About this paper

Appears in:
Page: 6557 (abstract only)
Publication year: 2016
ISBN: 978-84-608-5617-7
ISSN: 2340-1079
doi: 10.21125/inted.2016.0550

Conference name: 10th International Technology, Education and Development Conference
Dates: 7-9 March, 2016
Location: Valencia, Spain

GUIDING PRINCIPLES FOR COURSE DESIGN

L. Reneland-Forsman

Linnaeus University (SWEDEN)
This presentation focuses guiding principles and supporting structures fostering a learning culture with active students, better used teaching resources (including ICT) and a high degree of goal fulfilment within higher education. The principles have emanated of a three year pedagogical development program at the Linnaeus University in Sweden allowing teachers to research their own everyday practice to create learning environments better supporting students’ learning processes and being able to change learning cultures in a long time project. A simple design model is developed and put into practice to help teachers struggling with teaching tasks everyday. The model could work as a planning and evaluating tool as well as a foundation for discussion teaching practices.

As educators in Higher Education (HE) we have a choice to either successfully supply students with what they are asking for or successfully design their learning processes. Taking the first road equals success and student satisfaction and risk getting stuck in short or narrow sighted solutions and quick fixes. Choosing the careful design perspective on the other hand acknowledges us as professionals in making informed didactical choices.

Taking the consequences of living in a global and digitized society means including all means in this design task –thereby including ICT in our didactical considerations. The design concept here rests on research within three fields, i.e. student attitudes & expectations, multimodality & representations, and knowledge as socially constructed. When the academic community challenges what technologies can do for them, digital technologies become knowledge technologies that “shape what is learned by changing how it´s learned. That means identifying where technology can make a difference. For this we need a framing, a sound foundation that identifies central and relevant theoretical concepts for students’ engagement in learning which serve as an aggregation of intellectual tools to understand and be better prepared to teach in a contemporary educational institution.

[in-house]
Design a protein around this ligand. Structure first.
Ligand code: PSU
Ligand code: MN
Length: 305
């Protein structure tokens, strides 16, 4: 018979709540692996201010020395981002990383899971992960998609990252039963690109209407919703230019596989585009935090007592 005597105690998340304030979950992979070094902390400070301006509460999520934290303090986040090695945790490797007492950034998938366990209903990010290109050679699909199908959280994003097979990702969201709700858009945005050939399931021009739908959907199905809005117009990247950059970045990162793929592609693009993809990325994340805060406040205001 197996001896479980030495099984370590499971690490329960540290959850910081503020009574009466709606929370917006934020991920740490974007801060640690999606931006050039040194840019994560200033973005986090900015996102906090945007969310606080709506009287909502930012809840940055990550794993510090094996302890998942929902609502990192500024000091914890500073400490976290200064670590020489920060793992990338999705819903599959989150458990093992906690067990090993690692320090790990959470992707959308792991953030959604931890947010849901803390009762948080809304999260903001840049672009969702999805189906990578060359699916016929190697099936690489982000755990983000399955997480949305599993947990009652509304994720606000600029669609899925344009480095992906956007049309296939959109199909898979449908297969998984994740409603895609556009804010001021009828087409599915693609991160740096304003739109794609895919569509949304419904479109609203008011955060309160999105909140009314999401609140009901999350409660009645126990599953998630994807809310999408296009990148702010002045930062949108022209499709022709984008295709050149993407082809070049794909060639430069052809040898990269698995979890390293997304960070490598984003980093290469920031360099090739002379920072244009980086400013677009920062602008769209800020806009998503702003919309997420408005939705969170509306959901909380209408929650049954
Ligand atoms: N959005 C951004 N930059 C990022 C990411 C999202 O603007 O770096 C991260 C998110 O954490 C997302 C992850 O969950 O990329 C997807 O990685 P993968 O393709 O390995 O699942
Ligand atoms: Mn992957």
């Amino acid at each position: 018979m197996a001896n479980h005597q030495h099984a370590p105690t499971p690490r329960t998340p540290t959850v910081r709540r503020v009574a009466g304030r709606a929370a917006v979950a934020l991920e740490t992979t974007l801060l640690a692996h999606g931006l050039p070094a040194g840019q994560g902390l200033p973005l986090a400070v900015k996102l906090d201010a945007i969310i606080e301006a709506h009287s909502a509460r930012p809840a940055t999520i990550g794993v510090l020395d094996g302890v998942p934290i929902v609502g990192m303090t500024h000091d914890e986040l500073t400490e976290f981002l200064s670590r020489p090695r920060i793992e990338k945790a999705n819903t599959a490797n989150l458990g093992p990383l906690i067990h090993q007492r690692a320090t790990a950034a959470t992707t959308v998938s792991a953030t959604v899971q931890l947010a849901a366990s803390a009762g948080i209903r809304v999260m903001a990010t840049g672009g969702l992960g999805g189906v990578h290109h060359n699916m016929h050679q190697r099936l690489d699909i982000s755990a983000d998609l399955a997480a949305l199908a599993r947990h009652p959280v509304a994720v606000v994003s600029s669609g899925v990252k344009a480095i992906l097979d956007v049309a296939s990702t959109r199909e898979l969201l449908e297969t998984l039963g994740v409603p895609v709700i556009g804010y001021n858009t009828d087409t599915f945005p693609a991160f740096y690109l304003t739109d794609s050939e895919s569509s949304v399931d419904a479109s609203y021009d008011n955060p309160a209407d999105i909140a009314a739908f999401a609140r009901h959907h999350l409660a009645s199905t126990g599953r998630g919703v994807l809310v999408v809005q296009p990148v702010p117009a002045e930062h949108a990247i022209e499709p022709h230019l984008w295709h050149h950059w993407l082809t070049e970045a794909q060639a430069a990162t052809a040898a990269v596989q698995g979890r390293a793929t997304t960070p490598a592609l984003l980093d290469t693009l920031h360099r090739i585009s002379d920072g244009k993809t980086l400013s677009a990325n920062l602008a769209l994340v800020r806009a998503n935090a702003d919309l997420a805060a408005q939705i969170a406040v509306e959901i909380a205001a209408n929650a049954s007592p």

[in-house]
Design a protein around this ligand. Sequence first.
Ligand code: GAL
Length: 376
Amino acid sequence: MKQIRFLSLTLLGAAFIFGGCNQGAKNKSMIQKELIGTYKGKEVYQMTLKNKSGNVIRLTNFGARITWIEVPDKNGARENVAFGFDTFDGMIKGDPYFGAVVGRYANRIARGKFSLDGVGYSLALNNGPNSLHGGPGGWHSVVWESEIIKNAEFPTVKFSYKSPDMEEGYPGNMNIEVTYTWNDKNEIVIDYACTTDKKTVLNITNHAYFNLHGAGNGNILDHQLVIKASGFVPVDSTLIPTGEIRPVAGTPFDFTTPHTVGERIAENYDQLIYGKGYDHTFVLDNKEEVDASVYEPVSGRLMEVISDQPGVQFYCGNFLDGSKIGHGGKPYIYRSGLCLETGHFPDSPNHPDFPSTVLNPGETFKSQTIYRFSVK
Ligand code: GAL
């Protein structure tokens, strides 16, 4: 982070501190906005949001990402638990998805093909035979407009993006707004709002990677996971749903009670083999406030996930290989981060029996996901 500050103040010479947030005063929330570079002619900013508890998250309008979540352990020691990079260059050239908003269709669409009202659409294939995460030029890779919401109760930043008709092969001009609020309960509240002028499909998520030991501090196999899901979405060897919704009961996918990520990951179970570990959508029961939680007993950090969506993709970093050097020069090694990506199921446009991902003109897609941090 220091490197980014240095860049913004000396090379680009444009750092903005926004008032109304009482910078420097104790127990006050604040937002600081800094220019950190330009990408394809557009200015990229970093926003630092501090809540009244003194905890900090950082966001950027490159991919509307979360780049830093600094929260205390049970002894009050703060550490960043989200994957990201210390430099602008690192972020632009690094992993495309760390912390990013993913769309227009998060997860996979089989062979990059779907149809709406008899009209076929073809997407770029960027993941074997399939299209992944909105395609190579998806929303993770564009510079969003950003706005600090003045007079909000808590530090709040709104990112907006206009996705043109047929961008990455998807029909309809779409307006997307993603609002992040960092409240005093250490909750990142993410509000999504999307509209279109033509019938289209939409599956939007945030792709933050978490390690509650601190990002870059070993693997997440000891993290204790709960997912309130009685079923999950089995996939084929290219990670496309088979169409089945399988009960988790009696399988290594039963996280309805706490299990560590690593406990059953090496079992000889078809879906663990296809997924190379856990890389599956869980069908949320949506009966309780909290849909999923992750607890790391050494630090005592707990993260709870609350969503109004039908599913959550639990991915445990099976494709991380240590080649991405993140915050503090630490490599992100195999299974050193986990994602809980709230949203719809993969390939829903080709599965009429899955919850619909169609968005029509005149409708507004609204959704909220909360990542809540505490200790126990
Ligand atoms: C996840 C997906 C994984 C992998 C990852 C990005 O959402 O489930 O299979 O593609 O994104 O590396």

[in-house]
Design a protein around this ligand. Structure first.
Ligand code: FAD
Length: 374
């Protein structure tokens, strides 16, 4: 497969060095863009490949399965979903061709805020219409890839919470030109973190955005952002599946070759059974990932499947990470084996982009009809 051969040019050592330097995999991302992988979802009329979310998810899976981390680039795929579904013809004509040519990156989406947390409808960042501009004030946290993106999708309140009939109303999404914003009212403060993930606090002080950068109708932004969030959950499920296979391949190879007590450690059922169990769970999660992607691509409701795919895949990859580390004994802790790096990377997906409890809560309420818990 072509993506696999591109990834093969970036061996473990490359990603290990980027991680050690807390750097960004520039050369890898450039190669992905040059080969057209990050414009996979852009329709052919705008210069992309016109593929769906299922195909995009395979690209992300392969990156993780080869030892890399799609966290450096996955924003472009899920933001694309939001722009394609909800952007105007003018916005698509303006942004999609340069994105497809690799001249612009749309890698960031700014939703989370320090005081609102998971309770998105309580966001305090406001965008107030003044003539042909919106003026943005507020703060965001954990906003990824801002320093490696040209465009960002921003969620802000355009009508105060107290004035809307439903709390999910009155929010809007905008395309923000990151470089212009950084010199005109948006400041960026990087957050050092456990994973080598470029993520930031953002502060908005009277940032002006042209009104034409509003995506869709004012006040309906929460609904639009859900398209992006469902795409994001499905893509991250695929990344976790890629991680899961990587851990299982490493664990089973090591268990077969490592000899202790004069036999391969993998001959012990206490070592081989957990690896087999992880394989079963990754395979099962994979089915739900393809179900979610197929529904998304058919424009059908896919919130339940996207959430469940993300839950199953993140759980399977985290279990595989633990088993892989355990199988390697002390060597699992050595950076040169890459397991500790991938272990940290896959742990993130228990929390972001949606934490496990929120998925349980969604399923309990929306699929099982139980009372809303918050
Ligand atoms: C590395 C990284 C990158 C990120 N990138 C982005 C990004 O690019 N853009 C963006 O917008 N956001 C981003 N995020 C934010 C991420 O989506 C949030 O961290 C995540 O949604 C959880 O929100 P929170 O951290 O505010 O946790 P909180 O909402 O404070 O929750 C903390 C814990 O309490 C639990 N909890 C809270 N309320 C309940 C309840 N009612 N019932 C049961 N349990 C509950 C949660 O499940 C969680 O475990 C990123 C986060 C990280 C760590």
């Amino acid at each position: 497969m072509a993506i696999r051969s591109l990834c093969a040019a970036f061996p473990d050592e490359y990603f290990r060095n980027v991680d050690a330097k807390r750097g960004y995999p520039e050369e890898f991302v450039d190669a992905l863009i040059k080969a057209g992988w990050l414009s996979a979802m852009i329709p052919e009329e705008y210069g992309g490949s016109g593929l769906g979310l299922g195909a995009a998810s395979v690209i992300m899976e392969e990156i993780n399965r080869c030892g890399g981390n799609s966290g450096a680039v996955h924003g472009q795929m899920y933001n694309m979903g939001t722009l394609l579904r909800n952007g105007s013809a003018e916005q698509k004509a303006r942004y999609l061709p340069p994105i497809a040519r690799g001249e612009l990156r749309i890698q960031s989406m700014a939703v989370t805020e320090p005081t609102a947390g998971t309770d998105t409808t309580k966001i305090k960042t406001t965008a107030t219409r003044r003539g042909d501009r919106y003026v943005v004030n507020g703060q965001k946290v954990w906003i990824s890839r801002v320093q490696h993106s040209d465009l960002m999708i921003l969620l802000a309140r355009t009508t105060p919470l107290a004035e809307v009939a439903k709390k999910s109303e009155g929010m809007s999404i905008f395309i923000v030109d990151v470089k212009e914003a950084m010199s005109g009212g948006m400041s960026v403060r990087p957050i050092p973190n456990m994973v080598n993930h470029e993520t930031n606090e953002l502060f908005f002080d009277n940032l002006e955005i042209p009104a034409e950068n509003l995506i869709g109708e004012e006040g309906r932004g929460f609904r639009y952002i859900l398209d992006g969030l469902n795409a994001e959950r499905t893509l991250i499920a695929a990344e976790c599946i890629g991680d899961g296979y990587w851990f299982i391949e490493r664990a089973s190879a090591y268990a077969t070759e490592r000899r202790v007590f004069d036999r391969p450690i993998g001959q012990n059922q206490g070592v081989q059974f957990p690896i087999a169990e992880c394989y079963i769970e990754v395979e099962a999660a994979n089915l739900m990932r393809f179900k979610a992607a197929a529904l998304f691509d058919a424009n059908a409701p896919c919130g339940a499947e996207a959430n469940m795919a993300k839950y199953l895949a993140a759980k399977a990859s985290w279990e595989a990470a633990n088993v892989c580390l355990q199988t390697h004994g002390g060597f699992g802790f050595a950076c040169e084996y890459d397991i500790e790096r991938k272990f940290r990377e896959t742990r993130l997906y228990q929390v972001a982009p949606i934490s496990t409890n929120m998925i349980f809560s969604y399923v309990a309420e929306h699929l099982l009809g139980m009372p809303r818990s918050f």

@InProceedings{RENELANDFORSMAN2016GUI,
author = {Reneland-Forsman, L.},
title = {GUIDING PRINCIPLES FOR COURSE DESIGN},
series = {10th International Technology, Education and Development Conference},
booktitle = {INTED2016 Proceedings},
isbn = {978-84-608-5617-7},
issn = {2340-1079},
doi = {10.21125/inted.2016.0550},
url = {http://dx.doi.org/10.21125/inted.2016.0550},
publisher = {IATED},
location = {Valencia, Spain},
month = {7-9 March, 2016},
year = {2016},
pages = {6557}}
TY - CONF
AU - L. Reneland-Forsman
TI - GUIDING PRINCIPLES FOR COURSE DESIGN
SN - 978-84-608-5617-7/2340-1079
DO - 10.21125/inted.2016.0550
PY - 2016
Y1 - 7-9 March, 2016
CI - Valencia, Spain
JO - 10th International Technology, Education and Development Conference
JA - INTED2016 Proceedings
SP - 6557
EP - 6557
ER -
L. Reneland-Forsman (2016) GUIDING PRINCIPLES FOR COURSE DESIGN, INTED2016 Proceedings, p. 6557.
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